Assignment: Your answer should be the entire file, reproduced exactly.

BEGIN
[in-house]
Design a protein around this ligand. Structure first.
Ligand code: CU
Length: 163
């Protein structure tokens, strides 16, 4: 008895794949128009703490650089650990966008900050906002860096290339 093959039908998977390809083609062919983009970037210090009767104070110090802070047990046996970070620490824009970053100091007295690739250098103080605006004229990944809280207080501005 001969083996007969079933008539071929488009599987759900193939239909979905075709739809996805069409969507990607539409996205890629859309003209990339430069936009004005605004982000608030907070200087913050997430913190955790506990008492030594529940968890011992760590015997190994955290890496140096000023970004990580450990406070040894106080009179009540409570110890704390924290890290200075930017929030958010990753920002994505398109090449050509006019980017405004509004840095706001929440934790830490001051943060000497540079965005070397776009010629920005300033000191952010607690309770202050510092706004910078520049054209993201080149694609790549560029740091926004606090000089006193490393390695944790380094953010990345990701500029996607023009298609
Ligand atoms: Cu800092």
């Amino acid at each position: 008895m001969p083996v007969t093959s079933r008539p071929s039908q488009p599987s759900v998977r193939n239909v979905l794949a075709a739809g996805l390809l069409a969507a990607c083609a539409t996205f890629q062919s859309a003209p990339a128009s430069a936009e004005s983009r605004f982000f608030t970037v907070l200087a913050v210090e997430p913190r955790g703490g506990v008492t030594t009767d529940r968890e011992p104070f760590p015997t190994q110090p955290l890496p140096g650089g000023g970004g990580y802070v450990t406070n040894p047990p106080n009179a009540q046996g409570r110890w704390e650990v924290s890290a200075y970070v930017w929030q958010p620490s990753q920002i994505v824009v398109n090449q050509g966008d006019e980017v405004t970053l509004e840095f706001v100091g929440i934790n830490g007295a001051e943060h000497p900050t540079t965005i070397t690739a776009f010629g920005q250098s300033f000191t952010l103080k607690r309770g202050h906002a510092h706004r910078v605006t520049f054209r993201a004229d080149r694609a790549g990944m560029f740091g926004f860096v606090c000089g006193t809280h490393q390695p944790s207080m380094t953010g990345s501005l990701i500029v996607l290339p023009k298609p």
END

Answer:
[in-house]
Design a protein around this ligand. Structure first.
Ligand code: CU
Length: 163
């Protein structure tokens, strides 16, 4: 008895794949128009703490650089650990966008900050906002860096290339 093959039908998977390809083609062919983009970037210090009767104070110090802070047990046996970070620490824009970053100091007295690739250098103080605006004229990944809280207080501005 001969083996007969079933008539071929488009599987759900193939239909979905075709739809996805069409969507990607539409996205890629859309003209990339430069936009004005605004982000608030907070200087913050997430913190955790506990008492030594529940968890011992760590015997190994955290890496140096000023970004990580450990406070040894106080009179009540409570110890704390924290890290200075930017929030958010990753920002994505398109090449050509006019980017405004509004840095706001929440934790830490001051943060000497540079965005070397776009010629920005300033000191952010607690309770202050510092706004910078520049054209993201080149694609790549560029740091926004606090000089006193490393390695944790380094953010990345990701500029996607023009298609
Ligand atoms: Cu800092």
């Amino acid at each position: 008895m001969p083996v007969t093959s079933r008539p071929s039908q488009p599987s759900v998977r193939n239909v979905l794949a075709a739809g996805l390809l069409a969507a990607c083609a539409t996205f890629q062919s859309a003209p990339a128009s430069a936009e004005s983009r605004f982000f608030t970037v907070l200087a913050v210090e997430p913190r955790g703490g506990v008492t030594t009767d529940r968890e011992p104070f760590p015997t190994q110090p955290l890496p140096g650089g000023g970004g990580y802070v450990t406070n040894p047990p106080n009179a009540q046996g409570r110890w704390e650990v924290s890290a200075y970070v930017w929030q958010p620490s990753q920002i994505v824009v398109n090449q050509g966008d006019e980017v405004t970053l509004e840095f706001v100091g929440i934790n830490g007295a001051e943060h000497p900050t540079t965005i070397t690739a776009f010629g920005q250098s300033f000191t952010l103080k607690r309770g202050h906002a510092h706004r910078v605006t520049f054209r993201a004229d080149r694609a790549g990944m560029f740091g926004f860096v606090c000089g006193t809280h490393q390695p944790s207080m380094t953010g990345s501005l990701i500029v996607l290339p023009k298609p």